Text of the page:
Concern over consultation on Rotherham's future fire service

Neil CarbuttNeil Carbutt
Neil Carbutt
PUBLIC consultation over the future of Rotherham’s fire service comprised a single stall open for four hours - with just a few leaflets to give out.

South Yorkshire Fire Authority has raised the matter with officers after complaints about the drop-in session at Parkgate Shopping.

The consultation is about South Yorkshire Fire & Rescue’s risk management plan for 2017 to 2020.

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The last version has made headlines recently because it included the removal of Rotherham station’s second night-time engine.

Neil Carbutt, South Yorkshire secretary of the Fire Brigades Union, said: “The consultation in Rotherham in terms of drop-in sessions has now finished. It was a half-day event, with six leaflets.”

Mr Carbutt said the FBU was told the stand would be outside Mothercare to maximise footfall, but he found it around the corner near Poundland.

“It didn’t give any indication as to the proposals on that table or that it was a drop-in session to gather feedback on proposals for fire cover in Rotherham,” he added. 

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“If that’s the standard of consultation over a vitally important public service, then I’m concerned.”

Cllr Alan Atkin, vice chairman of the fire authority, admitted a colleague had also reported that the consultation had been inadequate.

He added: “I have raised that with our officers, saying that we think the positioning wasn’t good. I’m waiting for some feedback on that.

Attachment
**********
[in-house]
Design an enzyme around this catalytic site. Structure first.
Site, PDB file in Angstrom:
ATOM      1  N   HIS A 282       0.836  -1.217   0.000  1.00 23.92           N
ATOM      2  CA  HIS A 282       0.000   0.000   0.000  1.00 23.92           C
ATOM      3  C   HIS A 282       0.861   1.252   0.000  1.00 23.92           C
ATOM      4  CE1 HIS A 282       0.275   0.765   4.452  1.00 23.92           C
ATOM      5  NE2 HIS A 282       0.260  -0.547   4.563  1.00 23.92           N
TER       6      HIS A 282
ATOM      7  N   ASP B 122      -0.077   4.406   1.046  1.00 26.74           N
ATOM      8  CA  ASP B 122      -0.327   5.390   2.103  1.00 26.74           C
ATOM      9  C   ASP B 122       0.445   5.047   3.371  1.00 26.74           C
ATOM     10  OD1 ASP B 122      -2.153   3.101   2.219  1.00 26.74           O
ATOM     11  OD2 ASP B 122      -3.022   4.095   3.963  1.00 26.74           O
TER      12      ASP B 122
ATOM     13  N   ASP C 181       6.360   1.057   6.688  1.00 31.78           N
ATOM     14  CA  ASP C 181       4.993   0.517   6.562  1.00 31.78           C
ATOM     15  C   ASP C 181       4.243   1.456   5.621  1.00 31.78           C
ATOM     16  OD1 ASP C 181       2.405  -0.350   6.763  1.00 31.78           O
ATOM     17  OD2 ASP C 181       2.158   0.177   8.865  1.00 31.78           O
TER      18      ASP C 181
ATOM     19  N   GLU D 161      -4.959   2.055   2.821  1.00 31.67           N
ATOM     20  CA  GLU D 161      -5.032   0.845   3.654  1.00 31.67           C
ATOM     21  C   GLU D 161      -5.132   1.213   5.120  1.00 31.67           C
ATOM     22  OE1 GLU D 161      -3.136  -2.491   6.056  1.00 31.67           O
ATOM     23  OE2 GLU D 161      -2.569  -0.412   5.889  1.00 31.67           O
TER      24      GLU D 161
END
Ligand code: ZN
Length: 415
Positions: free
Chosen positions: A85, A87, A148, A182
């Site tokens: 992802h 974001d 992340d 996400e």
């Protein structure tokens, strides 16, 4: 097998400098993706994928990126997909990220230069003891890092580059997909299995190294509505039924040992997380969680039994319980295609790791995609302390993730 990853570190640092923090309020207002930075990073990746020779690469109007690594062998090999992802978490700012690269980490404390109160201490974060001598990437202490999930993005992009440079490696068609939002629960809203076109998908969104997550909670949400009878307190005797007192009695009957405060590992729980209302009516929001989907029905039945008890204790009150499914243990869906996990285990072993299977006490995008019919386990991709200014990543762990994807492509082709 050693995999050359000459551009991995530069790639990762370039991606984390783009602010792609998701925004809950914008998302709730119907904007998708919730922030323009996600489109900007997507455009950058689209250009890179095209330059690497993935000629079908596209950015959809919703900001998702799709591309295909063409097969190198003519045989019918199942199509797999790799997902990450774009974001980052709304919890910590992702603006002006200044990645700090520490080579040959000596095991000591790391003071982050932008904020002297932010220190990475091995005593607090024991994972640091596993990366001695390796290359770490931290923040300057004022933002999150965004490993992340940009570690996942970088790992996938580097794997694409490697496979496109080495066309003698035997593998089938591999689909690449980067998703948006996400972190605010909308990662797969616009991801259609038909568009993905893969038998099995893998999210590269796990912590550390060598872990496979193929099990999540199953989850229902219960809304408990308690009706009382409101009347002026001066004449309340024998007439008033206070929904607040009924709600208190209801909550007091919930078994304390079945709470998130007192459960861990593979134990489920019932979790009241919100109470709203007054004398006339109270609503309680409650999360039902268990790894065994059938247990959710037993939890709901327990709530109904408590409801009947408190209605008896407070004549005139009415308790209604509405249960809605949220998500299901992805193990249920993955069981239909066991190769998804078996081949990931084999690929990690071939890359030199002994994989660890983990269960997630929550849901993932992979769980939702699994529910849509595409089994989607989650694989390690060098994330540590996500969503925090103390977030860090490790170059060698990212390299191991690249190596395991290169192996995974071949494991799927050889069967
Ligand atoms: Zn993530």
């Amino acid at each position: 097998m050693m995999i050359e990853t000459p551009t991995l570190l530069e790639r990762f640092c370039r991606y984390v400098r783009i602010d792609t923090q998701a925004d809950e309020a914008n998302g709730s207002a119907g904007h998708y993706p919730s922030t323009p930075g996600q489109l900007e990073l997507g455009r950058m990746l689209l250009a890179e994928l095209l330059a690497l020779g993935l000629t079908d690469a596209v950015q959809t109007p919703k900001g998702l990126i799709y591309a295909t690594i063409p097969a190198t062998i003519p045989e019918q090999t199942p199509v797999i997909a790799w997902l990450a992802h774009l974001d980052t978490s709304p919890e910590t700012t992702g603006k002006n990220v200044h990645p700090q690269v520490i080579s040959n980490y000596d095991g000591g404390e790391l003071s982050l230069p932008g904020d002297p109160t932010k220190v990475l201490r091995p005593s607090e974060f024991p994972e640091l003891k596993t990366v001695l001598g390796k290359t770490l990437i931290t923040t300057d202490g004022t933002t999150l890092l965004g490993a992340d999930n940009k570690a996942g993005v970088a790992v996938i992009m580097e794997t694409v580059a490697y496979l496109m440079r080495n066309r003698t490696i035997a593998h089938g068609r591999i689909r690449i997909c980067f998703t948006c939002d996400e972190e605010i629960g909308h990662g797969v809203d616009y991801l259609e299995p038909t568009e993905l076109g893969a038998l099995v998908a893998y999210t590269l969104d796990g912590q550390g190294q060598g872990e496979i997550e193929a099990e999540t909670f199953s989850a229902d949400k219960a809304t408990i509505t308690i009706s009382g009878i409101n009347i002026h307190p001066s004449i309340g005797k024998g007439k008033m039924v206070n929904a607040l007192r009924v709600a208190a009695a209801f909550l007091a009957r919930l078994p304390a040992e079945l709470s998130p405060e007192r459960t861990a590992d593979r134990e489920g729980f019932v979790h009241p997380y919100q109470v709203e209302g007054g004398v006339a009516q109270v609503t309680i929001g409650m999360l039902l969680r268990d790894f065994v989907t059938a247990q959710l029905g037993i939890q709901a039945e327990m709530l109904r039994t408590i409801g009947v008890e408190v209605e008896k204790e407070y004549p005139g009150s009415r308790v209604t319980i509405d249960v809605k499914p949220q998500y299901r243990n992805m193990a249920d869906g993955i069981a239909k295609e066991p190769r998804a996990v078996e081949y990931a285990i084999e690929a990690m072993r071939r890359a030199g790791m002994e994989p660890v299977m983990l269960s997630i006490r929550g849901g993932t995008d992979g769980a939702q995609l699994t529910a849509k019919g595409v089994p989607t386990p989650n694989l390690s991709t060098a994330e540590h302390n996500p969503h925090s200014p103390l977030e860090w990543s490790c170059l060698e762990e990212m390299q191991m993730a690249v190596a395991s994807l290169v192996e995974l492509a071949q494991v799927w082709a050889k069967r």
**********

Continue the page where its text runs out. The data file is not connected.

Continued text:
“But there is nothing in this IRMP (integrated risk management plan) that is anything like the last one. There’s very little in it, that’s why we only had a six-week period of consultation.

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“We had extensive consultation four years ago. Everything was agreed. All we are doing now is enacting that part of the last IRMP.”

A seminar was held by the fire authority to update Rotherham borough councillors last Tuesday morning.

After, UKIP opposition group leader Cllr Allen Cowles said: “I raised the issue of the stall and they suggested the stall had been moved due to the weather. 

“They did say it had been posted in the Yorkshire Post, which is handy if you live in Leeds, but I do not know anyone who reads the Yorkshire Post.”

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Cllr Cowles said the decision to cut the second engine should be revisited because the fire service showed a financial surplus until 2021.

He added: “The proposed model is unproven. Barnsley have been trying unsuccessfully to implement this model for 18 months.

“Why increase the precept if it is not guaranteed to go to frontline services? This needs to be reviewed annually.

“We need a proper consultation. People should attend council meetings and protest or speak to their local councillor.”